After multidisciplinary discussion between the patient's hematologist, gastroenterologist, and colorectal surgeon, he was treated with a combination of intravenous ganciclovir, withdrawal of corticosteroid immunosuppression, and 3 doses of intravenous rituximab (375 mg/m2). Owing to ongoing bloody diarrhea from active ulcerative proctosigmoiditis, 3 doses of infliximab (5, 10, and 10 mg/kg) were prescribed on days 13, 15, and 23 of admission, respectively. His symptoms temporarily improved but relapsed on day 26. Given the lack of improvement with maximal medical therapy, the decision was made to proceed to a subtotal colectomy and end ileostomy formation. The patient's postoperative course was uncomplicated, and he was discharged 1 week later. Three months after his operation, he remains well with no evidence of relapse.

The colectomy specimen was compared with the original biopsies and revealed a more sparse population of lymphocytes with no significant large transformed lymphoid cells present. Most were CD3-positive T cells. IHC showed that most of the lymphocytes were CD3-positive T cells. EBER-ISH highlighted a focal vaguely aggregated collection of lymphoid cells with slightly enlarged nuclei. This suggested complete treatment response of descending colon EBV-MCU lymphoproliferative disorder. A follow-up positive emission tomography scan 1 month after colectomy demonstrated residual metabolic activity in the rectal stump consistent with colitis and no other sites of fluorodeoxyglucose avidity to suggest active lymphoma.


EBV-MCU is a relatively new pathological entity that was added to the 2016 revision of the World Health Organization classification of lymphoid neoplasms. It was distinguished from EBV-related diffuse large B-cell lymphoma because of its differing prognosis and management. The predominant risk factor that has been identified is immunosuppression, either iatrogenic or age-related immunosenescence. In our patient, his ulcerative colitis never required treatment beyond rectal aminosalicylate therapy, and thus, age was his only risk factor.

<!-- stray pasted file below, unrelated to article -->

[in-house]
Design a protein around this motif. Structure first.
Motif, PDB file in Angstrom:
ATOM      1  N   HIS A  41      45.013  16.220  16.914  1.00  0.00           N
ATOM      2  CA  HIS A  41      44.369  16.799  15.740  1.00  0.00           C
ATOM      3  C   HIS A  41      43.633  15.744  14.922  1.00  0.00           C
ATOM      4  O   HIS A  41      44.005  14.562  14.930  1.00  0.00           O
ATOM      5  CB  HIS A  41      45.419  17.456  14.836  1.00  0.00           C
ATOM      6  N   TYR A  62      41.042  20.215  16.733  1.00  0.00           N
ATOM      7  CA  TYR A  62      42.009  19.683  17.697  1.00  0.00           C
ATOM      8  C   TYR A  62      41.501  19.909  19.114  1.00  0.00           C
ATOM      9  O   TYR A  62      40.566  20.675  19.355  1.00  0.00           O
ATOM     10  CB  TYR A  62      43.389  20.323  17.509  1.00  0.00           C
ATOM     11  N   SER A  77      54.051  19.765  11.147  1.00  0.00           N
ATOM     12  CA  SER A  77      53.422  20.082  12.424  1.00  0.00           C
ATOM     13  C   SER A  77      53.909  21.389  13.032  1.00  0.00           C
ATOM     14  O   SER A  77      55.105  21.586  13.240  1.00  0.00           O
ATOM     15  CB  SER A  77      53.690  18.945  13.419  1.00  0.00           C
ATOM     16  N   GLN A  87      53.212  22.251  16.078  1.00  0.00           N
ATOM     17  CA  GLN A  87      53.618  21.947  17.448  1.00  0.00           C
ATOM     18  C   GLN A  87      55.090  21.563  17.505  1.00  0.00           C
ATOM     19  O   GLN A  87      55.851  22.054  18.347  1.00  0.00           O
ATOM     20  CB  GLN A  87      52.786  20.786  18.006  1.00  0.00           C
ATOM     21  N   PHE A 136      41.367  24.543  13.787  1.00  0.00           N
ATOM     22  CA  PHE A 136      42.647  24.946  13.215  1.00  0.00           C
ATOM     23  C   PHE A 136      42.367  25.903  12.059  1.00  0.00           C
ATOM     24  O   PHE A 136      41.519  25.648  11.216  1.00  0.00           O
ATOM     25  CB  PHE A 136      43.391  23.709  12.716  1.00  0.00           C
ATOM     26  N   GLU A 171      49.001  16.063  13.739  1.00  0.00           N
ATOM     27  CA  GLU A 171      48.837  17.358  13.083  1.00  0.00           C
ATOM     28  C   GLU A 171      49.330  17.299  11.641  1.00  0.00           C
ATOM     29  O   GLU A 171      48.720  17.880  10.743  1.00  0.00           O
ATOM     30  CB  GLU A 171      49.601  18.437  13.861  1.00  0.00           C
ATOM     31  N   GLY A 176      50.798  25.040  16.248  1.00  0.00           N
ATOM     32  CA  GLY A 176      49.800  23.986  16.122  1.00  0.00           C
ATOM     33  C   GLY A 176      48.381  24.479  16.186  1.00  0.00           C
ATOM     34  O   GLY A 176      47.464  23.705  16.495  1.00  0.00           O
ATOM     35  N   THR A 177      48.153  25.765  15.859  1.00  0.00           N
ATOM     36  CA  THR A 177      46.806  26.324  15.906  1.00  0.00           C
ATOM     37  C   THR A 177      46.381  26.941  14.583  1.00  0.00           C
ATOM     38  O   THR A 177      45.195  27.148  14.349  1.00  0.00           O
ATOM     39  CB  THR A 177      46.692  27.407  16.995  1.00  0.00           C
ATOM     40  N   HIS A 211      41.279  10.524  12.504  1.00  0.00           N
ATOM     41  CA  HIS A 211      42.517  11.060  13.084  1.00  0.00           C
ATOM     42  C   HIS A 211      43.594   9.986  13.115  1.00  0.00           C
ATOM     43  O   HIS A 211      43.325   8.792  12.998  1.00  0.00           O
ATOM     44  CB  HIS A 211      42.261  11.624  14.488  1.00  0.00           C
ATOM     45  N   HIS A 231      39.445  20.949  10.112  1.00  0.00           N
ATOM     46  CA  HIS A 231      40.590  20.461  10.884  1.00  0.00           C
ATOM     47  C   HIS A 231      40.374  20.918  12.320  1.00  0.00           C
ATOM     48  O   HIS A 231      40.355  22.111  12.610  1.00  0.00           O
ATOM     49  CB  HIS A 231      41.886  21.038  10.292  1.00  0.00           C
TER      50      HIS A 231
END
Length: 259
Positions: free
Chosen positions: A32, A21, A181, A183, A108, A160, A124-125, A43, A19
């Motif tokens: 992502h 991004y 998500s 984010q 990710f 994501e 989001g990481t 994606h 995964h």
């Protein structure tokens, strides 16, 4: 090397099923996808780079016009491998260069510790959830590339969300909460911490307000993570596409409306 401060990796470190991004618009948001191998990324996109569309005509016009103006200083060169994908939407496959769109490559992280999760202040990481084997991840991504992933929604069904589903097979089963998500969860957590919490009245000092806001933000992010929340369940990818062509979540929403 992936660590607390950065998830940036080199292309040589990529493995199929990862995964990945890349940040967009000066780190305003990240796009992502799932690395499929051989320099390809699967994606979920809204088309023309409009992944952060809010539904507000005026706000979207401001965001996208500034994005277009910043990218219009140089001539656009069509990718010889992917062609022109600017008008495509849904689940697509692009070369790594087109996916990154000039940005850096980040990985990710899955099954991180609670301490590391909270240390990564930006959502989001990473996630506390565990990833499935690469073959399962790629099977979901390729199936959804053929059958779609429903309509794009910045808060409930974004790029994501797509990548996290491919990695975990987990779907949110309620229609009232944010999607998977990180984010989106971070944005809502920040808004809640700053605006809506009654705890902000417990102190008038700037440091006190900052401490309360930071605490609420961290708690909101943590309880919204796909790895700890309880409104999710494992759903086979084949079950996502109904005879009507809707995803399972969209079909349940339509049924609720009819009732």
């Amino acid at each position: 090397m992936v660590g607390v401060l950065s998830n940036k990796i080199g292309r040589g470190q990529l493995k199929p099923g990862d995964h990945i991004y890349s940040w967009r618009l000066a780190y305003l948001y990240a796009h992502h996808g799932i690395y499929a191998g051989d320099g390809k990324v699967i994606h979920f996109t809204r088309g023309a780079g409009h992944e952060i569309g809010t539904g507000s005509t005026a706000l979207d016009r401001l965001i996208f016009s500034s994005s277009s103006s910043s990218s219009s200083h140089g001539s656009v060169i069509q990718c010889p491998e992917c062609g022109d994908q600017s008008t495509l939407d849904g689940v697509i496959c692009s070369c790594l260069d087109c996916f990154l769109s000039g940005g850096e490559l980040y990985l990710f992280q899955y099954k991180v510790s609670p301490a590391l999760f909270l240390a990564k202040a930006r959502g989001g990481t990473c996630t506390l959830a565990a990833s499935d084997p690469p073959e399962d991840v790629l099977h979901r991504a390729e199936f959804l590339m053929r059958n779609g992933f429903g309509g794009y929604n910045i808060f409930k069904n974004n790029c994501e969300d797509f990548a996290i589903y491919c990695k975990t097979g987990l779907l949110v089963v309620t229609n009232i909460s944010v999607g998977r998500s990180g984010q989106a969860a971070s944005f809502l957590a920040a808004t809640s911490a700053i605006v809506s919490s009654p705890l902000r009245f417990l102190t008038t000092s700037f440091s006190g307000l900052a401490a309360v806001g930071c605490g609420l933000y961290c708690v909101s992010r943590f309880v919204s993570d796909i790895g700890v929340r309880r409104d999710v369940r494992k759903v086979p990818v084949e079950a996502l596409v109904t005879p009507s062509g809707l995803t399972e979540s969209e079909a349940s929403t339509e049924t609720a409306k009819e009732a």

To date, 6 cases of gastrointestinal EBV-MCU have been reported in patients with IBD, with this report being the seventh case.2–8 Most cases (including this one) occurred within the rectum with 3 extending into the sigmoid colon. No cases occurred in the esophagus, stomach, or small bowel, which have been reported in the setting of rheumatoid arthritis and transplantation.9 Hujoel et al reported isolated palatal involvement in a patient on azathioprine.8 Two cases occurred with no immunosuppression (aminosalicylate monotherapy), 2 with immunomodulator monotherapy, 2 with combination immunomodulator and anti-tumor necrosis factor (TNF) therapy, and 1 with ustekinumab monotherapy (prior azathioprine and anti-TNF therapy). Although EBV-MCU is commonly described in the literature as a benign entity that resolves with withdrawal of immunosuppression alone, only 2 cases improved spontaneously or with cessation of immunosuppression alone. Two cases required rituximab to achieve clinical remission, 1 case described the successful use of brentuximab, and 2 cases (including this case) progressed to surgery. In the second case requiring surgery described by Moran et al, colonic EBV-MCU was confirmed in a 53-year-old patient with Crohn's disease in the setting of combination of immunosuppression with azathioprine and anti-TNF therapy. There was persistence, despite withdrawal of immunosuppression with subsequent progression to Hodgkin lymphoma requiring chemotherapy.6

Matnani et al described a patient with perianal Crohn's disease with a perianal ulcer that persisted despite the surgical management of perianal disease. Biopsies and EBER-ISH confirmed EBV-MCU, and the patient was managed successfully with withdrawal of azathioprine therapy.10 In our patient, biopsies of the perianal ulcer revealed inflammatory slough only and no evidence of EBV-MCU. The operative specimen demonstrated a near complete response indicating success with rituximab therapy. The decision to proceed to surgery was driven by refractory hematochezia despite rescue therapy with infliximab for his ulcerative colitis.

In conclusion, EBV-MCU is a recently described entity that is driven by immunosuppression, a common issue in patients with IBD. It can present as both shallow ulcerations and a mass resembling colorectal carcinoma and should be considered in the differential diagnosis of patients with IBD.


Author contributions: PPY Chan: drafting and compilation of the manuscript. M. Farzin, P. Acharya, N. Viiala, A. Gilmore, H. Crane, C. Henderson, W. Ng, and A. Williams: assisted in editing and contributing to the final manuscript. SJ Connor: finalization and compilation of the manuscript. PPY Chan is the article guarantor.

Financial disclosure: None to report.

Informed consent was obtained for this case report.


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© 2023 The Author(s). Published by Wolters Kluwer Health, Inc. on behalf of The American College of Gastroenterology.